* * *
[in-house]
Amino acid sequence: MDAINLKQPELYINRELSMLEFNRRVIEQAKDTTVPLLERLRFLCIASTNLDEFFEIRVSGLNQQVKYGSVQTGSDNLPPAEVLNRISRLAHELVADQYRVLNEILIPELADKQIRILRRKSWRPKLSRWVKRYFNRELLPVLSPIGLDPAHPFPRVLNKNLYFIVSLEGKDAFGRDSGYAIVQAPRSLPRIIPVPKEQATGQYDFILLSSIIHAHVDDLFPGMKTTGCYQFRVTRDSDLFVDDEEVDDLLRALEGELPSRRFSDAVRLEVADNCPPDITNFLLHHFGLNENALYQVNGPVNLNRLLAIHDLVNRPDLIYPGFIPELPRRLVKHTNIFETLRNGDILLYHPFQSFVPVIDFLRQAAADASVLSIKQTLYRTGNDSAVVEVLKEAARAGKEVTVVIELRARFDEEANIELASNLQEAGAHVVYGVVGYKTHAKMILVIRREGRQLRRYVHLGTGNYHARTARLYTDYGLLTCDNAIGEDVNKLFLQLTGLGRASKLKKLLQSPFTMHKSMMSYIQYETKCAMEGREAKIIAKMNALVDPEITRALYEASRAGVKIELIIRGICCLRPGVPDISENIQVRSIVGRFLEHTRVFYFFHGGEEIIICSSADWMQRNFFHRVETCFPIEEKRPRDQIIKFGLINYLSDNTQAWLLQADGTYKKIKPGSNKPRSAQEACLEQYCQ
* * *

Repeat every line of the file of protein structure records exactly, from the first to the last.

[in-house]
Amino acid sequence: MDAINLKQPELYINRELSMLEFNRRVIEQAKDTTVPLLERLRFLCIASTNLDEFFEIRVSGLNQQVKYGSVQTGSDNLPPAEVLNRISRLAHELVADQYRVLNEILIPELADKQIRILRRKSWRPKLSRWVKRYFNRELLPVLSPIGLDPAHPFPRVLNKNLYFIVSLEGKDAFGRDSGYAIVQAPRSLPRIIPVPKEQATGQYDFILLSSIIHAHVDDLFPGMKTTGCYQFRVTRDSDLFVDDEEVDDLLRALEGELPSRRFSDAVRLEVADNCPPDITNFLLHHFGLNENALYQVNGPVNLNRLLAIHDLVNRPDLIYPGFIPELPRRLVKHTNIFETLRNGDILLYHPFQSFVPVIDFLRQAAADASVLSIKQTLYRTGNDSAVVEVLKEAARAGKEVTVVIELRARFDEEANIELASNLQEAGAHVVYGVVGYKTHAKMILVIRREGRQLRRYVHLGTGNYHARTARLYTDYGLLTCDNAIGEDVNKLFLQLTGLGRASKLKKLLQSPFTMHKSMMSYIQYETKCAMEGREAKIIAKMNALVDPEITRALYEASRAGVKIELIIRGICCLRPGVPDISENIQVRSIVGRFLEHTRVFYFFHGGEEIIICSSADWMQRNFFHRVETCFPIEEKRPRDQIIKFGLINYLSDNTQAWLLQADGTYKKIKPGSNKPRSAQEACLEQYCQ